Prior studies have established that empathy, defined as “the ability to identify, predict, and respond appropriately to the mental states of others,” and systemizing, defined as “the ability to identify, predict, and respond to the behavior of systems by analyzing the rules that govern them,” can explain a whole range of behaviors and be used to understand psychological differences. Females score higher on empathy than do males, for example, and people on the autism spectrum tend to have elevated levels of systemizing.

Whether or not these two dimensions affect musical taste, though, has not been clear.

For the first study, researchers examined the correlation between empathy levels and musical preferences across several cohorts. More than 2000 participants, recruited via Facebook, completed self-report questionnaires, including the Empathy Quotient and a personality test based on the 5 broad domains of personality. Participants then listened to 50 musical excerpts representing 26 different genres.

After listening to the 15-second pieces, participants reported their degree of liking for each. Samples 1 and 2 (n = 2178 and 891) indicated their preference for music from 26 different genres, and samples 3 and 4 (n = 747 and 320) indicated their preferences for music from a single genre (rock or jazz).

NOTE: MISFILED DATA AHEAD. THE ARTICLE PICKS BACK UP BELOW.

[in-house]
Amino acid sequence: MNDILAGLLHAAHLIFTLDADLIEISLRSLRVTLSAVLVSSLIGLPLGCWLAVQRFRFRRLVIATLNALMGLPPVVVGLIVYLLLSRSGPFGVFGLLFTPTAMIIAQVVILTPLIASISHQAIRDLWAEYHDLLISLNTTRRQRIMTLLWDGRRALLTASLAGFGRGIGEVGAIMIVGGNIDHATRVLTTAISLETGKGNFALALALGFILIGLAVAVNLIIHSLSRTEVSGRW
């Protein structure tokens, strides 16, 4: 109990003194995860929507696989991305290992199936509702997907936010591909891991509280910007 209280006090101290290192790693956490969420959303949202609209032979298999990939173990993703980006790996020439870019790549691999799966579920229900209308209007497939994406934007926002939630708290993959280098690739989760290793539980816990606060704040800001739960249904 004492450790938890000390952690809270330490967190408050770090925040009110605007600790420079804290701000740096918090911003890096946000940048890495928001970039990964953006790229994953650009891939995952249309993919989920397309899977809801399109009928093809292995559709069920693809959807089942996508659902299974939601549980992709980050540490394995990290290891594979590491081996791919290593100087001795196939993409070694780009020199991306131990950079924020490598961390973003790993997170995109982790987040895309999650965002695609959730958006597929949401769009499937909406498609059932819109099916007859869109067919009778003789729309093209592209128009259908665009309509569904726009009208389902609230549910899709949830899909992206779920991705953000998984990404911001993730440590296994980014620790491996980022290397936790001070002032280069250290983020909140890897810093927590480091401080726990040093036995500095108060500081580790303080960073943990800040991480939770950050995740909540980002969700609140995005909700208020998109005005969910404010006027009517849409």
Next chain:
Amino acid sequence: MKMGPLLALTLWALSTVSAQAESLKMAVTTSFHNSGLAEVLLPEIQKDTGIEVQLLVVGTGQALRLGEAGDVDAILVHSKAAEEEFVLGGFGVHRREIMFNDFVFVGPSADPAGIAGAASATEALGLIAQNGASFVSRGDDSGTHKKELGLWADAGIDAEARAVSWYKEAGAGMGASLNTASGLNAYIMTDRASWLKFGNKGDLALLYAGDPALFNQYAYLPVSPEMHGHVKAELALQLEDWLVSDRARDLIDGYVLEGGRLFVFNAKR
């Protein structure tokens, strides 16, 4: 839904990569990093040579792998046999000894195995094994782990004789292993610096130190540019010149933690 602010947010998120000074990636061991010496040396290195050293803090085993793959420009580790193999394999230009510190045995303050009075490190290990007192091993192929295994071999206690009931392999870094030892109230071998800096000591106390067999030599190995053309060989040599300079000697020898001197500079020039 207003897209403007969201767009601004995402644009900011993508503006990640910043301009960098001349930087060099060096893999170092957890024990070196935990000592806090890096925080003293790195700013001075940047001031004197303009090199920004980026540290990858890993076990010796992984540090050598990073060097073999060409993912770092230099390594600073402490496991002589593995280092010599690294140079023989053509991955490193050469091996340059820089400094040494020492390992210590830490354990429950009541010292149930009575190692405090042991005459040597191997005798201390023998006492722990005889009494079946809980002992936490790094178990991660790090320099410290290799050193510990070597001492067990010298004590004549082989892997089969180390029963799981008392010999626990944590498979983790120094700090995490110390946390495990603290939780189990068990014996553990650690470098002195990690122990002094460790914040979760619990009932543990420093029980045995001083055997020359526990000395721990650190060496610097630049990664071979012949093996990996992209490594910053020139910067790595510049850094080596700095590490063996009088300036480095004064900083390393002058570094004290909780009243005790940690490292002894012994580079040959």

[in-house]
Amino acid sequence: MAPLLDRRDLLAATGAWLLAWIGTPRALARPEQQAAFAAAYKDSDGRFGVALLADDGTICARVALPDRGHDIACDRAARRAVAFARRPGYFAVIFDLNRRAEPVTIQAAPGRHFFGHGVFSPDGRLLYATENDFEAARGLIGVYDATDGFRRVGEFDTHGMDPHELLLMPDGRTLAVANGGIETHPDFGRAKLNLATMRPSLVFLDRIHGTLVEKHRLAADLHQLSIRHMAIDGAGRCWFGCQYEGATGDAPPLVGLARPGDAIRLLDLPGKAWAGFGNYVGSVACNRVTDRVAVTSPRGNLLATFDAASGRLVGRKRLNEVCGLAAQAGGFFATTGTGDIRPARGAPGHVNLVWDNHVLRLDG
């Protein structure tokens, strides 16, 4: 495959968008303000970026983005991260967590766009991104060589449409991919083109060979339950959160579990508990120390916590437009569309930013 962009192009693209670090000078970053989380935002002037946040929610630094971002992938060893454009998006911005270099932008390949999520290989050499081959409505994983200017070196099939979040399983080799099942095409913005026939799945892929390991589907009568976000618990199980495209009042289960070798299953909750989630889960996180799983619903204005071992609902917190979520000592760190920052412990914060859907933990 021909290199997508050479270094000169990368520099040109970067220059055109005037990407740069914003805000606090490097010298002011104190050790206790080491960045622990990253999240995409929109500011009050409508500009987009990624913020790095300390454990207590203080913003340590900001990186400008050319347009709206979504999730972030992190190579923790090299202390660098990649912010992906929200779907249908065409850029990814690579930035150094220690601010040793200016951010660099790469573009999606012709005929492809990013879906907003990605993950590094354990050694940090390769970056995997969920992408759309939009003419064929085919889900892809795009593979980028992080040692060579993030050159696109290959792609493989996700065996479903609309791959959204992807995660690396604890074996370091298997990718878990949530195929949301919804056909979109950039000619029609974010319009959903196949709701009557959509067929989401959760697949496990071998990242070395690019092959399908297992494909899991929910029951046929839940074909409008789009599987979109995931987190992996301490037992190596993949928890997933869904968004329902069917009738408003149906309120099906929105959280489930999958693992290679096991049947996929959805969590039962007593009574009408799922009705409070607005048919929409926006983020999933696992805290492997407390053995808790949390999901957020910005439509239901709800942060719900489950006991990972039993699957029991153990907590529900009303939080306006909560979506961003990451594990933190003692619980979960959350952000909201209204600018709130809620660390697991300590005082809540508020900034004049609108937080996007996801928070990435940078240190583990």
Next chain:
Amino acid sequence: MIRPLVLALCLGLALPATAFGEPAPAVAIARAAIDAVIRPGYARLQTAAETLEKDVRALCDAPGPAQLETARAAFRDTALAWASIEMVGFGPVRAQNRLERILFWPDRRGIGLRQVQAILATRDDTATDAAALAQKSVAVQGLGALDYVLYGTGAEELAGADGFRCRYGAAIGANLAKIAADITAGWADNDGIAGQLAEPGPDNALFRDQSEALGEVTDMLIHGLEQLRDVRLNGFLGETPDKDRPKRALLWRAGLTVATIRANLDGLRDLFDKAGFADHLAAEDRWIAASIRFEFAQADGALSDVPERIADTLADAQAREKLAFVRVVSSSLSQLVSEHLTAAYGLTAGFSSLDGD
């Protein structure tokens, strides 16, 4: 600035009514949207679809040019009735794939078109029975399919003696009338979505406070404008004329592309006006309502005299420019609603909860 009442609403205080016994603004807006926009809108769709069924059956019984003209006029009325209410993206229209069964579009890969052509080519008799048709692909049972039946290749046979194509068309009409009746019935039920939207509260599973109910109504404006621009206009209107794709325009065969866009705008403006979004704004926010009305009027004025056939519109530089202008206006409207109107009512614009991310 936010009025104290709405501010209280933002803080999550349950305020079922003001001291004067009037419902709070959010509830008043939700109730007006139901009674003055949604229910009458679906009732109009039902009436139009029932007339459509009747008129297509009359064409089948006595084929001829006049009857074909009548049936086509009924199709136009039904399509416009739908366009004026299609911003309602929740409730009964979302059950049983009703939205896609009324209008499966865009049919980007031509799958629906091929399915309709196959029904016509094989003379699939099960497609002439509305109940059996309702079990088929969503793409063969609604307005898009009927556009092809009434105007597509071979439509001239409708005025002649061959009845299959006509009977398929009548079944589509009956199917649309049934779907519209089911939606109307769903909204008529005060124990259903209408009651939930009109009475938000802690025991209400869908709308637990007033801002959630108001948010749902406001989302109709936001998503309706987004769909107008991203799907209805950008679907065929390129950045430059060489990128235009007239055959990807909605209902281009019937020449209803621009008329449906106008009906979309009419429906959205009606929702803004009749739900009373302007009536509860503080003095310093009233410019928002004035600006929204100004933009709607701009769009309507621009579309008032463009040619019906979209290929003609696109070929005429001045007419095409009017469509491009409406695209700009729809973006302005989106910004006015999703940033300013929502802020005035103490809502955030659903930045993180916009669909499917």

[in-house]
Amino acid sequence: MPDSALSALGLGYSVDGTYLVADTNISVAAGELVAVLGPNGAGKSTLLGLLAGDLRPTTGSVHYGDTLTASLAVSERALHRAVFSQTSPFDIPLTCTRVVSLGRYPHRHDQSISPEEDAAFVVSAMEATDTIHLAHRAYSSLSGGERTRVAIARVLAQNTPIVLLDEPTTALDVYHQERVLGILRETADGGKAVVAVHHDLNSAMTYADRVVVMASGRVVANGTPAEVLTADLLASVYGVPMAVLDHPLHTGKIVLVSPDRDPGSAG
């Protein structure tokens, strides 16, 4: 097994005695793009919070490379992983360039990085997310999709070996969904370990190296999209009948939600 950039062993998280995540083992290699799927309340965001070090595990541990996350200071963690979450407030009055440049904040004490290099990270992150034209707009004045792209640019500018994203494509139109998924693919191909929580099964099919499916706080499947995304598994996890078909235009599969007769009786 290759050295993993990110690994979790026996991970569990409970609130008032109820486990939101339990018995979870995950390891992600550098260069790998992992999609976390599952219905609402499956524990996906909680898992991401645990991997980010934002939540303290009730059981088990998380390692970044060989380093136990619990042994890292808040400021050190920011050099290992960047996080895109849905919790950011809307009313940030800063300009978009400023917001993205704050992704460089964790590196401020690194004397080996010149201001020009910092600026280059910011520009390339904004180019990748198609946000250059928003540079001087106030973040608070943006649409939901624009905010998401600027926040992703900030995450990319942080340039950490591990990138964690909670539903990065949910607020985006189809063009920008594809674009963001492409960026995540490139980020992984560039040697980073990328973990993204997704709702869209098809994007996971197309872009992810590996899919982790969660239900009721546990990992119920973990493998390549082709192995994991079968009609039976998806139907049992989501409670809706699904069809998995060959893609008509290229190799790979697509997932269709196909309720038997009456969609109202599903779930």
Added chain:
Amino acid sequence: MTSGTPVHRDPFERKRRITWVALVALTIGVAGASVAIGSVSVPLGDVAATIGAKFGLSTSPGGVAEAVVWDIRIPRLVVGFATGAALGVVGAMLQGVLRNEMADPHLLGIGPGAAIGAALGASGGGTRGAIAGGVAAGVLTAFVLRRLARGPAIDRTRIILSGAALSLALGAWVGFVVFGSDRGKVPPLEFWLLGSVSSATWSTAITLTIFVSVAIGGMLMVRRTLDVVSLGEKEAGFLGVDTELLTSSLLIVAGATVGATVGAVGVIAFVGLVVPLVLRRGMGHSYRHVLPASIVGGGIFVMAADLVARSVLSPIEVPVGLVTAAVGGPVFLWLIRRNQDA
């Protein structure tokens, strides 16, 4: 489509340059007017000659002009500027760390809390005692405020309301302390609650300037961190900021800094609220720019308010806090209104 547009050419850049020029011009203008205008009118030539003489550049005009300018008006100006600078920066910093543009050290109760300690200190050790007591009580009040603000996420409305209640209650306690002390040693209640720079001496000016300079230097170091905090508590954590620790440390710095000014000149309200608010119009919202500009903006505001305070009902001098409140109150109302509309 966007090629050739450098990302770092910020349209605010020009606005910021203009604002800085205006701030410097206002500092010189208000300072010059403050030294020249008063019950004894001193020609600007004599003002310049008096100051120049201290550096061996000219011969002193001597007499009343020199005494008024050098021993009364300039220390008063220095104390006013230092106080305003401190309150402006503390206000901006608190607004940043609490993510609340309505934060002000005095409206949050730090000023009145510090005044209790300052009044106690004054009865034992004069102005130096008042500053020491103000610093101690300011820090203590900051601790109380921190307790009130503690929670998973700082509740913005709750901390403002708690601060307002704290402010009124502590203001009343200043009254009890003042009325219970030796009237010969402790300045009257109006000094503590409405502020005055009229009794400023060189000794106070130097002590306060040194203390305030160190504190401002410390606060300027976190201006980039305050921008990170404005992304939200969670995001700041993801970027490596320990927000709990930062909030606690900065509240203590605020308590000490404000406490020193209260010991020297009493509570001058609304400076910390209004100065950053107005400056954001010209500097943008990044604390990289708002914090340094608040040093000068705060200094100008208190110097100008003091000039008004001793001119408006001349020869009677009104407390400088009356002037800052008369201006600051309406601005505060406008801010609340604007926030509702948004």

“Empathy was linked to and correlated with mellow music,” Greenberg observed, “which means that samples who received different genres of music (S1 and S2) were preferring music from the soft rock, R&B, and adult contemporary genres.”

Even in the cohorts receiving music from a single genre (S3 and S4), participants consistently preferred music that was from mellow rock as opposed to intense rock, he said.

Table. Correlation between the Empathy Quotient (S1–S4) and Musical Preferences

Musical Preference S1 (Mixed Genre) S2 (Mixed Genre) S3 (Rock Music) S4 (Jazz Music)
Mellow 0.09a 0.11a 0.14a 0.06
Unpretentious 0.08a 0.04 0.04 0.01
Sophisticated 0.03 0.01 0.00 –0.14b
Intense –0.10a –0.11a –0.13a –0.08
Contemporary 0.04b 0.09a 0.13a 0.11b
a P < .01.

b P < .05.